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Fair housing

Ain't over 'til it's over



Tempers flared in Kalispell last spring over the establishment of a recovery-based group home in a residential neighborhood near Flathead High School's athletic stadium. Freedom House—designed to offer clean and sober housing for recovering drug and alcohol addicts—ran afoul of nearby homeowners and city officials concerned about oversight of the home.

Kalispell City Attorney Charlie Harball says the public uproar gradually subsided after a city council hearing last fall. The city had no grounds to issue a cease and desist order, Harball adds, and "treated it as we would treat any community residential facility of eight people or less." Kalispell left Freedom House alone, hoping the Montana Legislature would pass regulations for such sober houses.

Kalispell Planning Director Tom Jentz says the facility's president stepped down not long after the controversy due to personal troubles, and its board of directors disbanded. "The sign came down off the building," Jentz adds, "and they were just another rental facility in the city of Kalispell."

But Montana Fair Housing reopened the Freedom House debate early last month when it filed a suit against the City of Kalispell in U.S. District Court. The Butte-based nonprofit, which filed similar complaints with both the state and the U.S. Department of Housing and Urban Development last year, alleges that in not issuing Freedom House a conditional use permit to operate as a group home, the city violated the Federal Fair Housing Act.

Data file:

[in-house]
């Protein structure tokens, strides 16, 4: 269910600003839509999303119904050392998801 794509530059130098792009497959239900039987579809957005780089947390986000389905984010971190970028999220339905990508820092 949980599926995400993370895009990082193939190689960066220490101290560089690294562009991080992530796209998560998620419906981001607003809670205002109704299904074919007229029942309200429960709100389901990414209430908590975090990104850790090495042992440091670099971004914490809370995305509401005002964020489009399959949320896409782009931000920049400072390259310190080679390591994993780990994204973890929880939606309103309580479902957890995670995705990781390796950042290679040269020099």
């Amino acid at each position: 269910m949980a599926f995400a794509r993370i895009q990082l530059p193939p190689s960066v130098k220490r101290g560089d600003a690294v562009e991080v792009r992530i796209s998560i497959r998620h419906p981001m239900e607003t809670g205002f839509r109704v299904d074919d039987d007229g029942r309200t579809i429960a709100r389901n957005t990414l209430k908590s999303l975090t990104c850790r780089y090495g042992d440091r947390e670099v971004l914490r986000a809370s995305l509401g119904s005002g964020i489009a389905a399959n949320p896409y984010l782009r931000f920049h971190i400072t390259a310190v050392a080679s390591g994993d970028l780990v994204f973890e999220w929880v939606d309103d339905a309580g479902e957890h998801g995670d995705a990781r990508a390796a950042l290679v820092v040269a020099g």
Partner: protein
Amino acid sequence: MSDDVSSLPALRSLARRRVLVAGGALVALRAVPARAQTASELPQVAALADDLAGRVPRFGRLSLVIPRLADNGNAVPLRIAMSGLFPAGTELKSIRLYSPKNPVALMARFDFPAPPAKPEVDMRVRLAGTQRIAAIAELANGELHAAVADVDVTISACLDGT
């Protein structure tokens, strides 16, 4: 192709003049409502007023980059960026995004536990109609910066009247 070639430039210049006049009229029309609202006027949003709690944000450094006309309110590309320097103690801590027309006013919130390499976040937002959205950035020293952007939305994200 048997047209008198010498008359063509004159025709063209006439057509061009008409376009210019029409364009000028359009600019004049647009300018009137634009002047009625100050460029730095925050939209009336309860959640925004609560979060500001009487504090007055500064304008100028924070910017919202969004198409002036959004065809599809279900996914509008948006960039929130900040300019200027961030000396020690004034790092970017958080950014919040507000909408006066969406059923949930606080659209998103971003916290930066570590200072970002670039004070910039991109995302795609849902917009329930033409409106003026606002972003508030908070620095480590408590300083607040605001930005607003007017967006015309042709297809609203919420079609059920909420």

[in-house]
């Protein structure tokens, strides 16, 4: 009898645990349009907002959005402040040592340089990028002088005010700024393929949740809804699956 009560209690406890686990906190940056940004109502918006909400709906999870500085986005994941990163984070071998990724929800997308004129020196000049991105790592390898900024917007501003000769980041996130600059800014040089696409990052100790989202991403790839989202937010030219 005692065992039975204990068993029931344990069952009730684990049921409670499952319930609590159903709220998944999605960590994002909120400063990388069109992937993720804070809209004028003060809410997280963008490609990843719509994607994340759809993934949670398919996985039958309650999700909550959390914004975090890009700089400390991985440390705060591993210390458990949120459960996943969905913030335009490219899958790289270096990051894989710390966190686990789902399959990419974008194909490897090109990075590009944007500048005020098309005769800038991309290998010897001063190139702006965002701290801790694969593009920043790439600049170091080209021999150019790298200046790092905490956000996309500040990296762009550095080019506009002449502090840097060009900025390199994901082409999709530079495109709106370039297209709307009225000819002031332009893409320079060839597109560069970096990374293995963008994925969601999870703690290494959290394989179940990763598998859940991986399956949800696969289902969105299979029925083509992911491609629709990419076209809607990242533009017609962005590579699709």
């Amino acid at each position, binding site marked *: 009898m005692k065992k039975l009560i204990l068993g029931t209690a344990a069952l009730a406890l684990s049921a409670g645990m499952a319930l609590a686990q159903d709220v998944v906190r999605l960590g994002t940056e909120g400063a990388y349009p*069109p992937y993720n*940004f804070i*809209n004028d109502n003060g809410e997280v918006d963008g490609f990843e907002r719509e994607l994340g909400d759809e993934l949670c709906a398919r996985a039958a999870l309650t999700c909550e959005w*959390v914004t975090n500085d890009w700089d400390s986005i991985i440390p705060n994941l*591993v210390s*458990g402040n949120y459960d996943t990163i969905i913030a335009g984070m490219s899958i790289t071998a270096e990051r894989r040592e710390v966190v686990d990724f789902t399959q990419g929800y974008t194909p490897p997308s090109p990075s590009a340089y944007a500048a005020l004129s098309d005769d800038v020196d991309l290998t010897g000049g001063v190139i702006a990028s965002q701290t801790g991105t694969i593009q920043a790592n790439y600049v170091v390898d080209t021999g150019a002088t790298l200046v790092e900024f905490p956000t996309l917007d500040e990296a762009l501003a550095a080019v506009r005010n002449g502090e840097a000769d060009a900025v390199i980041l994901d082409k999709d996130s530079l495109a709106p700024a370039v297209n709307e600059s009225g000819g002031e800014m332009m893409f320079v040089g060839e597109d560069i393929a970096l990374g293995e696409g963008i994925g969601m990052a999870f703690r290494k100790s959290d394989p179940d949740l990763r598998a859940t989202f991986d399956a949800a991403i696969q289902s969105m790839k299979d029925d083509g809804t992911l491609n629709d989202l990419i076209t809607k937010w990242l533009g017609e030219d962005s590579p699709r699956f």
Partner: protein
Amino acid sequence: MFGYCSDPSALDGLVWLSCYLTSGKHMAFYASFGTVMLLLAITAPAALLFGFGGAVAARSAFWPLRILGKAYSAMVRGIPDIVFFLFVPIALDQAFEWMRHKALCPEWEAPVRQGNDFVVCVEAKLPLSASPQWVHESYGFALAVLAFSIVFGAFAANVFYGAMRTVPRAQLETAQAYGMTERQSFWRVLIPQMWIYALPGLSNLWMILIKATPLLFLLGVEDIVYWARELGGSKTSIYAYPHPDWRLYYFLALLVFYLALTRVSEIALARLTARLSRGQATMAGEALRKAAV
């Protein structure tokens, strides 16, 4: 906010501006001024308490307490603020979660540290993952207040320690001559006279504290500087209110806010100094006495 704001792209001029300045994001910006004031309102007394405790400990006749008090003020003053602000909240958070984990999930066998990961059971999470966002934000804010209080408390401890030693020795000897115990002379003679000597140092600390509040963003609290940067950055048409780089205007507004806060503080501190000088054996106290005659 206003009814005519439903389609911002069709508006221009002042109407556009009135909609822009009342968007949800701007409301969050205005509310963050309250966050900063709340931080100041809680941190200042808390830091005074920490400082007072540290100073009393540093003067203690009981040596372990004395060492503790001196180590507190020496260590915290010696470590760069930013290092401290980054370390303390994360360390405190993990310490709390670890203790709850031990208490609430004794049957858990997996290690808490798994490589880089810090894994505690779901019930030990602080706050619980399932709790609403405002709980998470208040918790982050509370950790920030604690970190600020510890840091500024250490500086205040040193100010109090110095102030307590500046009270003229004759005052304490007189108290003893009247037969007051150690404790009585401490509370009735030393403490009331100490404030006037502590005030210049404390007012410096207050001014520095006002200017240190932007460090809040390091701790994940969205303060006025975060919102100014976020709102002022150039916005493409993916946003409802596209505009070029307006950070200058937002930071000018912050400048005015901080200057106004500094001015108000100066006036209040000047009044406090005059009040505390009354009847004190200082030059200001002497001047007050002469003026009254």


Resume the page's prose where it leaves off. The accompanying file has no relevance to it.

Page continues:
"There's no governmental oversight of how a family operates, and the accommodation we want from the city is [for Freedom House] to be treated like a family," says Steve Polin, a Washington, D.C. attorney representing MFH. "Each sober house has its own rules and regulations and a manner in which they enforce these rules and regulations. To a certain extent, it's really not anybody's business how this takes place."

MFH's legal complaint came as news to Harball. He's received no notification from federal district court in Missoula, he says. As far as he and Jentz know, Freedom House is still operating as a sober facility, just without a board of directors or a name. And the city has no problem with that. "We don't hear any problems there, the police aren't called there, there isn't graffiti on the walls," he says. "So I'm not sure where Montana Fair Housing is on it, what they wanted to do."

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